Location: Rangeland Resources & Systems ResearchTitle: Computational fluid dynamics simulation of airflow through standing vegetation
|GONZALES, HOWELL - Retired Non ARS Employee|
|MAGHIRANG, RONALDO - Kansas State University|
|HAGEN, LAWRENCE - Retired ARS Employee|
|BARDEN, CHARLES - Kansas State University|
Submitted to: American Society of Agricultural and Biological Engineers
Publication Type: Peer Reviewed Journal
Publication Acceptance Date: 10/4/2019
Publication Date: 1/23/2020
Publication URL: https://handle.nal.usda.gov/10113/6862083
Citation: Gonzales, H., Tatarko, J., Casada, M.E., Maghirang, R., Hagen, L., Barden, C. 2020. Computational fluid dynamics simulation of airflow through standing vegetation. American Society of Agricultural and Biological Engineers. 62(6):1713-1722. https://doi.org/10.13031/trans.13449.
Interpretive Summary: Keeping vegetation on the soil surface is the most widely used method for control of soil wind erosion. To better understand the effects of plants on wind flow, we mathematically simulated wind through a stand of artificial plants that represent live wheat. Using a computer program known as computational fluid dynamics (CFD) software, we simulated previously measured wind through several three-dimensional plant patterns in a wind tunnel. This study focused on two objectives: 1) simulate airflow through standing vegetation using the CFD software, and 2) compare the results of a previous wind tunnel study with various artificial vegetation patterns to the CFD results. Wind speeds measured from the wind tunnel experiment differed slightly from the simulation, especially near positions in which simulated vegetation was present. The overall effect of wind computed did not differ between wind tunnel and simulated results. Results of this study will provide information for further research into other types of plants or sparse vegetation to develop better wind erosion control methods.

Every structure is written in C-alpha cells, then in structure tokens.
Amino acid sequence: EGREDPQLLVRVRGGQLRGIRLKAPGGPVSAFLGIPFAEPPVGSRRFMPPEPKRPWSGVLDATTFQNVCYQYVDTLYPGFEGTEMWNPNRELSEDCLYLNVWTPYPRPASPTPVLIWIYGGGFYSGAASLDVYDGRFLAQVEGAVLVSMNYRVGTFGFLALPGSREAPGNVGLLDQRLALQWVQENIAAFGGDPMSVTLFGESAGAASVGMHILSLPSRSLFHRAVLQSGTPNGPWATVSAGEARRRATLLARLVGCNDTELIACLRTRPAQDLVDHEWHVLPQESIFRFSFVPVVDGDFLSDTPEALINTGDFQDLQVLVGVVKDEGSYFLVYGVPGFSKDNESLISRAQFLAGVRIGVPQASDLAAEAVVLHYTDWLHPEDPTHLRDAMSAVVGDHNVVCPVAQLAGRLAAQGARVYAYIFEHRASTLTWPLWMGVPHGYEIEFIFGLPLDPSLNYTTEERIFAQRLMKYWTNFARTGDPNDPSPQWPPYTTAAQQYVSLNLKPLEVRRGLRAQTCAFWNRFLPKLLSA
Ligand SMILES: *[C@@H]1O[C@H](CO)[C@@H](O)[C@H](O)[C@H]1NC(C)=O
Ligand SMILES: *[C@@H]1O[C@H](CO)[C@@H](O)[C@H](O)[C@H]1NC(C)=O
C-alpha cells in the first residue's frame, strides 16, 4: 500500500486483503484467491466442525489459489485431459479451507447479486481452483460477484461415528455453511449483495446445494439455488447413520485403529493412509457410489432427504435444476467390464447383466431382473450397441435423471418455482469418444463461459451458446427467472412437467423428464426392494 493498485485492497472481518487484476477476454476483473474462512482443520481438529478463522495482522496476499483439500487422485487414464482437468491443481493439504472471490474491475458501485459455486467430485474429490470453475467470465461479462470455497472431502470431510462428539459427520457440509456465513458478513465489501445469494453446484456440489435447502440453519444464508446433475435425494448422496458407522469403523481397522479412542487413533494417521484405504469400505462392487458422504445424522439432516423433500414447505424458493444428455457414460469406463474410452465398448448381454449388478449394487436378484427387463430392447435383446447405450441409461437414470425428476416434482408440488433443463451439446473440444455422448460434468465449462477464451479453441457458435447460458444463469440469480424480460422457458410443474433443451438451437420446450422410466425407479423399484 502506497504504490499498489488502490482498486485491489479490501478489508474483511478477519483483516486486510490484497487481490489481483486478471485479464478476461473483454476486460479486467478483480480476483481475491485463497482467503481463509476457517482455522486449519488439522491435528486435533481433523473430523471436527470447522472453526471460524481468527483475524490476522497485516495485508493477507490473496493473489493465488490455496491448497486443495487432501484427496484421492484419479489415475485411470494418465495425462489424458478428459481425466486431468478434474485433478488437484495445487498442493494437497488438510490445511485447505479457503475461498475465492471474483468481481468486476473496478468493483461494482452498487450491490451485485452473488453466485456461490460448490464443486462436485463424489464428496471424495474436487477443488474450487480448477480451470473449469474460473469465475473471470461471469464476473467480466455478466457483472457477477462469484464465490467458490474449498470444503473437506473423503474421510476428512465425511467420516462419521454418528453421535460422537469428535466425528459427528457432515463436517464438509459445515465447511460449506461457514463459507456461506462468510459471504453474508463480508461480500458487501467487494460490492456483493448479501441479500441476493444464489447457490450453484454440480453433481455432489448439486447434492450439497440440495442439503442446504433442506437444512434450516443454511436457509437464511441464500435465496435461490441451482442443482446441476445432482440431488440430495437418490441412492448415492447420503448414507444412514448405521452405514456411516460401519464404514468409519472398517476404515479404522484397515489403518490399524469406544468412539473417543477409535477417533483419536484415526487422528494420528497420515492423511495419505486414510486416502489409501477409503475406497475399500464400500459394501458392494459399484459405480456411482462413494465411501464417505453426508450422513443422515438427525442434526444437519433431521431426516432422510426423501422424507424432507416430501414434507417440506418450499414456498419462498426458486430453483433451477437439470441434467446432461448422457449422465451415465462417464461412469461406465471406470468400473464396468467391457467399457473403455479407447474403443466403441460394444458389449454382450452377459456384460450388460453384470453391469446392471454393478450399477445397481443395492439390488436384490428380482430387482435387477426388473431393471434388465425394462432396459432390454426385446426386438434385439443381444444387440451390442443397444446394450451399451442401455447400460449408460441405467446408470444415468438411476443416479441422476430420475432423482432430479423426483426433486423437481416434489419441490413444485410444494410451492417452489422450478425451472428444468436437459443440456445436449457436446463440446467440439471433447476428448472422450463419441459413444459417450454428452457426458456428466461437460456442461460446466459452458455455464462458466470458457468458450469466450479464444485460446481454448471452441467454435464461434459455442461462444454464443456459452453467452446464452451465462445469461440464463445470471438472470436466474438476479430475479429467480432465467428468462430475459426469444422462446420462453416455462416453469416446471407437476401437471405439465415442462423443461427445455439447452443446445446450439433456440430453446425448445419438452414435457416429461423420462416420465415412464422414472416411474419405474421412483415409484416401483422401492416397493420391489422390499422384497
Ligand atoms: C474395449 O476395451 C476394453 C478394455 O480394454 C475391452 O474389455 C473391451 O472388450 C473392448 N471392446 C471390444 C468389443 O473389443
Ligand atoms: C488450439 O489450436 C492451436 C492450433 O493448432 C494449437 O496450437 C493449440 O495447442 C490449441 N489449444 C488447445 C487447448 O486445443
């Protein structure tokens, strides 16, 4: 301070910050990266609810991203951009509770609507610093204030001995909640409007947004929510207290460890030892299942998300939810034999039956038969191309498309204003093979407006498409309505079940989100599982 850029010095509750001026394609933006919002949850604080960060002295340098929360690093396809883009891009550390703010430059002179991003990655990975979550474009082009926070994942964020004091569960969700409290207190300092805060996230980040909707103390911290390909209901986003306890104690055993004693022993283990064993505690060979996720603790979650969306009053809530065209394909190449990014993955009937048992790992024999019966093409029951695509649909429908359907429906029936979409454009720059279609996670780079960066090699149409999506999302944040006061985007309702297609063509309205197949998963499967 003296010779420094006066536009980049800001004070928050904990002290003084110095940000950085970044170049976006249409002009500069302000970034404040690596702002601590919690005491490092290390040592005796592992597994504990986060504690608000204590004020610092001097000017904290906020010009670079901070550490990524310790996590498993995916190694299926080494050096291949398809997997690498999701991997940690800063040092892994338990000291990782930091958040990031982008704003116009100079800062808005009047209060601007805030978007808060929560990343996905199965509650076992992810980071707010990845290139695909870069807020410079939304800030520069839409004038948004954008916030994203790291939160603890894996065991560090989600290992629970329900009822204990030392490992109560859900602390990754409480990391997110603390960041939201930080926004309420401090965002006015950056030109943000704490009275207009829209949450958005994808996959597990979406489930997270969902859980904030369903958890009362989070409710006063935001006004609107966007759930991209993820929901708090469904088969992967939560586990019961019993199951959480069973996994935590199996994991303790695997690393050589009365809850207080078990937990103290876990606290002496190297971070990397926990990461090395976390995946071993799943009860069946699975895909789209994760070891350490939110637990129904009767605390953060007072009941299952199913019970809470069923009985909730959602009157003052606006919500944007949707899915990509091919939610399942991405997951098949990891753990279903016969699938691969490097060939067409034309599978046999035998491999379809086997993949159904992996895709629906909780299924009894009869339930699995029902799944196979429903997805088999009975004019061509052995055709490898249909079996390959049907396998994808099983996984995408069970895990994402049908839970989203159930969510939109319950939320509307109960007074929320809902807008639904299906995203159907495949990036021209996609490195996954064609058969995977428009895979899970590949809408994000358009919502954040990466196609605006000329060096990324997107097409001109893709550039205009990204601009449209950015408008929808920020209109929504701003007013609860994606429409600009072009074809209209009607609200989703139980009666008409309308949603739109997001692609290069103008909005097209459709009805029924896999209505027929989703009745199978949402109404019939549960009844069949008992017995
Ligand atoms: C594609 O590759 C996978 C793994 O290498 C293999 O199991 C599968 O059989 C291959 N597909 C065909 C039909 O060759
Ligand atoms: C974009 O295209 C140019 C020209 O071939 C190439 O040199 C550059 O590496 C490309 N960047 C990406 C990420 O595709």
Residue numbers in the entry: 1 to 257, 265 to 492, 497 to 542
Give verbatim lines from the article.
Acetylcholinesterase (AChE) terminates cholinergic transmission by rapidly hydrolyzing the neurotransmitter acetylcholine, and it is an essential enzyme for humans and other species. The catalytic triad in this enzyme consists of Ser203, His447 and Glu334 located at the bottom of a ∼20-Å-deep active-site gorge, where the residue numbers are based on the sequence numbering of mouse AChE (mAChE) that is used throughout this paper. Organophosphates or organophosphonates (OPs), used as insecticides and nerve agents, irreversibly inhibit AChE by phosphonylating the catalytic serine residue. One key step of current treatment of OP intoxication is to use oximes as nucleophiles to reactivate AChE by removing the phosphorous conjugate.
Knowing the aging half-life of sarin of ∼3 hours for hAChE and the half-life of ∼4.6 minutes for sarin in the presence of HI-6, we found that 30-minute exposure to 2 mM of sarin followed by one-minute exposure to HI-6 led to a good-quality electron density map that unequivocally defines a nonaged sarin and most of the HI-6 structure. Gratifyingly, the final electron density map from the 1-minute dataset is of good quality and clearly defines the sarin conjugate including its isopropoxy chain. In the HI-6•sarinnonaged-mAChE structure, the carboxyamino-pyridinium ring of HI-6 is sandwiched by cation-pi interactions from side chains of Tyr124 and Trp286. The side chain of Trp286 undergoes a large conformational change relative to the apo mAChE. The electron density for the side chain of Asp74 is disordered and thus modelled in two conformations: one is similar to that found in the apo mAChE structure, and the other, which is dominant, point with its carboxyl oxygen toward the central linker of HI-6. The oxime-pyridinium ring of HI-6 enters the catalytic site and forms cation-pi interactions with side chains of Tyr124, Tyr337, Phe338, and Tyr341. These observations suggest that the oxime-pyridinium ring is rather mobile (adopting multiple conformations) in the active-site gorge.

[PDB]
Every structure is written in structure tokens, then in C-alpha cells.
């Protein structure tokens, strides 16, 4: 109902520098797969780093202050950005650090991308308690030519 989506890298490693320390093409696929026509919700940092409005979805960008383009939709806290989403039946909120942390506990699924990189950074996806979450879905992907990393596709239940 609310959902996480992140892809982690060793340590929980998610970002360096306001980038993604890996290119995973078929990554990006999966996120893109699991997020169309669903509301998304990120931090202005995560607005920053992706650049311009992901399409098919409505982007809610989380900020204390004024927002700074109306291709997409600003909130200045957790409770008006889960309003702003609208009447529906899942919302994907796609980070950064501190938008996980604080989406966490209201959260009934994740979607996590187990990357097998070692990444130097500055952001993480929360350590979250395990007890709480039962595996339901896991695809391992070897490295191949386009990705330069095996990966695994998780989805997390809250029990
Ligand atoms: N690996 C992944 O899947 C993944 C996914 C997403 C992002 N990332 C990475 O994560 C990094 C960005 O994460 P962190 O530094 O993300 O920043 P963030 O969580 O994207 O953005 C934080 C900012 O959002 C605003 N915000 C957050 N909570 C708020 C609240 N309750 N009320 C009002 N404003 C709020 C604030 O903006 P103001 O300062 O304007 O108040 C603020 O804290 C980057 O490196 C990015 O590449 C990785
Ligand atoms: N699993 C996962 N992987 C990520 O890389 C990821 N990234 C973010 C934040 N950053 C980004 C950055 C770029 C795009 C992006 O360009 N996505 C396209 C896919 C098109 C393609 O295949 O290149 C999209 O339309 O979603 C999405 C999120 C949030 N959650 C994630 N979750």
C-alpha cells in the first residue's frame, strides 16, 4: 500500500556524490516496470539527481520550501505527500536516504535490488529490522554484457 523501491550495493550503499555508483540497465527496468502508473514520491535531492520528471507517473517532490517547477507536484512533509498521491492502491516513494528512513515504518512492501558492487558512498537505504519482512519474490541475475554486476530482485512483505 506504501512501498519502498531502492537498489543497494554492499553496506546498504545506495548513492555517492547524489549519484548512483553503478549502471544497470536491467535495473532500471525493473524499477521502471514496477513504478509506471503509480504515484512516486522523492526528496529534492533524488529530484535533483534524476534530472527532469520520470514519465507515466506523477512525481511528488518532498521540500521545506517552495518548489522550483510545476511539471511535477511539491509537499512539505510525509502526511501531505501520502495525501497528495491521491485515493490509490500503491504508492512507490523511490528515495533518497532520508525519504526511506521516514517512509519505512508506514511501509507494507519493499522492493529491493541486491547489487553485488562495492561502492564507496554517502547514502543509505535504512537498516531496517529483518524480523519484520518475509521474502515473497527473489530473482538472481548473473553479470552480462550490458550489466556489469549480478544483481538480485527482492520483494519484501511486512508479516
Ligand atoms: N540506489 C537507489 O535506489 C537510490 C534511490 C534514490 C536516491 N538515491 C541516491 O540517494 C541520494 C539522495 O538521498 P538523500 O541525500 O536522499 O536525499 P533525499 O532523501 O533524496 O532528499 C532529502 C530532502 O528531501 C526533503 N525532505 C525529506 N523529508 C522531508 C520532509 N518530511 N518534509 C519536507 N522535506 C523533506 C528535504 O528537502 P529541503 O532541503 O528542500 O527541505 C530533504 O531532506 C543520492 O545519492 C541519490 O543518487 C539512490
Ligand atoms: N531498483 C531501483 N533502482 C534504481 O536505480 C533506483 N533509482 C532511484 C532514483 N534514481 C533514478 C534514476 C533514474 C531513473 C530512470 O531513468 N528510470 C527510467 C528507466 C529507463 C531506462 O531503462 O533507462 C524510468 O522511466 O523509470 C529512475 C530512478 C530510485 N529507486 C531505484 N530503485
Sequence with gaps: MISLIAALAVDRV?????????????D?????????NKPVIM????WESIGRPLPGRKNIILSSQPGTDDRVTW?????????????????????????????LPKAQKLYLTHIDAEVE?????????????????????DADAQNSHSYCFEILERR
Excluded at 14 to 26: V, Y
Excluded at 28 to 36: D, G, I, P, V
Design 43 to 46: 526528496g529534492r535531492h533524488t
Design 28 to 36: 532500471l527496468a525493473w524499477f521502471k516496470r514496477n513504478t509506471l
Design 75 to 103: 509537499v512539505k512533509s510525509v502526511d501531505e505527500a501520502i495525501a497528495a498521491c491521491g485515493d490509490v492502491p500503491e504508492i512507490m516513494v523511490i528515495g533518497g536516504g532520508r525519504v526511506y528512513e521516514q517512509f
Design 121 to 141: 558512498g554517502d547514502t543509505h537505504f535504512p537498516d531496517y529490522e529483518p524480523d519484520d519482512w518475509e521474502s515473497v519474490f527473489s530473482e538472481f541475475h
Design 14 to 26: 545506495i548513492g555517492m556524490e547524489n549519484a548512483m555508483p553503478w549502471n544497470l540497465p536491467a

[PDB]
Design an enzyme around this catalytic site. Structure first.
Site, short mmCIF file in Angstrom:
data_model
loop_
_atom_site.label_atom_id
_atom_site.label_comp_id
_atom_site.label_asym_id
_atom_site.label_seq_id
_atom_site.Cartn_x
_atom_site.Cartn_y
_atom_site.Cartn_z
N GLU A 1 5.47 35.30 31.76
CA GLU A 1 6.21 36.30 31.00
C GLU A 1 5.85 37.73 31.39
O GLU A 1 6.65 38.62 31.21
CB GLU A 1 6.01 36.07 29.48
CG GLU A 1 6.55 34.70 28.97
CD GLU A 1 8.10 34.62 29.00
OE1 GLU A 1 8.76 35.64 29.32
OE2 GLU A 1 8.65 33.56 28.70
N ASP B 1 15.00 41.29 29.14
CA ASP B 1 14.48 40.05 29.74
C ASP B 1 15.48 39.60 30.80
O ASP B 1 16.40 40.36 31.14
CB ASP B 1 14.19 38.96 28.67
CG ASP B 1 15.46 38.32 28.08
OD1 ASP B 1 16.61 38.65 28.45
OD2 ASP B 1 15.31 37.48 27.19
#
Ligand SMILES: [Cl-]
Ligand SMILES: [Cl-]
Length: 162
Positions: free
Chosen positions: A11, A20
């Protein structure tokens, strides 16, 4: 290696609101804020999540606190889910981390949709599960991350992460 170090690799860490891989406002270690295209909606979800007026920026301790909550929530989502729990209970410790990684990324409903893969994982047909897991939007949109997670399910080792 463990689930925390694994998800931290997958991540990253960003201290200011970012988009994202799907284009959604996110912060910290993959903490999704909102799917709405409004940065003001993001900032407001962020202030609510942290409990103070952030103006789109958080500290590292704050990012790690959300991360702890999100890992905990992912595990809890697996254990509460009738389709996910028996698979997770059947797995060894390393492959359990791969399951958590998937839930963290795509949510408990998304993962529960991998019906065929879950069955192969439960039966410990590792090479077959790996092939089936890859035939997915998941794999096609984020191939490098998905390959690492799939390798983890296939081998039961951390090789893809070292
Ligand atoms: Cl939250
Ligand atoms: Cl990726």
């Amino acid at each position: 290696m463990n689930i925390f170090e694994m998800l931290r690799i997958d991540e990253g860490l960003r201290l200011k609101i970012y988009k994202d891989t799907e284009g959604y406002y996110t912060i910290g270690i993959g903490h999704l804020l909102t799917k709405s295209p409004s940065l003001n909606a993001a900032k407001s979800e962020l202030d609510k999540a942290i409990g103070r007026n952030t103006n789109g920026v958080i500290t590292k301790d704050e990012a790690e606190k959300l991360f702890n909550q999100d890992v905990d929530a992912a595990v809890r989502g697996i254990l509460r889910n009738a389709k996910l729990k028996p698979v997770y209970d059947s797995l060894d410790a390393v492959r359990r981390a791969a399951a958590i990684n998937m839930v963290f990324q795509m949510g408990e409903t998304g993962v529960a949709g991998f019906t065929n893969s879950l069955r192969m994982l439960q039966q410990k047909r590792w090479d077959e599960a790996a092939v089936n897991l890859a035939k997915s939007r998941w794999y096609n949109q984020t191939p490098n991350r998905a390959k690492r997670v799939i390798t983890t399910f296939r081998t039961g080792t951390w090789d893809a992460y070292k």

Technical Abstract: Maintaining vegetative cover on the soil surface is the most widely used method for control of soil loss by wind erosion. We numerically modeled airflow through artificial standing vegetation (i.e., simulated wheat plants) using the computational fluid dynamics (CFD) software OpenFOAM. A specific solver of OpenFOAM architecture (simpleFoam) was used to simulate airflow through various three-dimensional (3D) canopy structures in a wind tunnel, created using another open source CAD geometry software (Salomé platform ver. 7.2). This study focused on two specific objectives: 1) model airflow through standing vegetation using open-source CFD software, and 2) compare the results of a previous wind tunnel study with various artificial vegetation configurations to the results of the CFD model. Wind speeds measured from the wind tunnel experiment differed slightly from the numerical simulation using OpenFOAM, especially near positions in which simulated vegetation was present. Effective drag coefficients computed using wind profiles did not differ significantly (p >0.05) between experimental and simulated results. Results of this study will provide information for research into other types of simulated stubble or sparse vegetation during wind erosion events.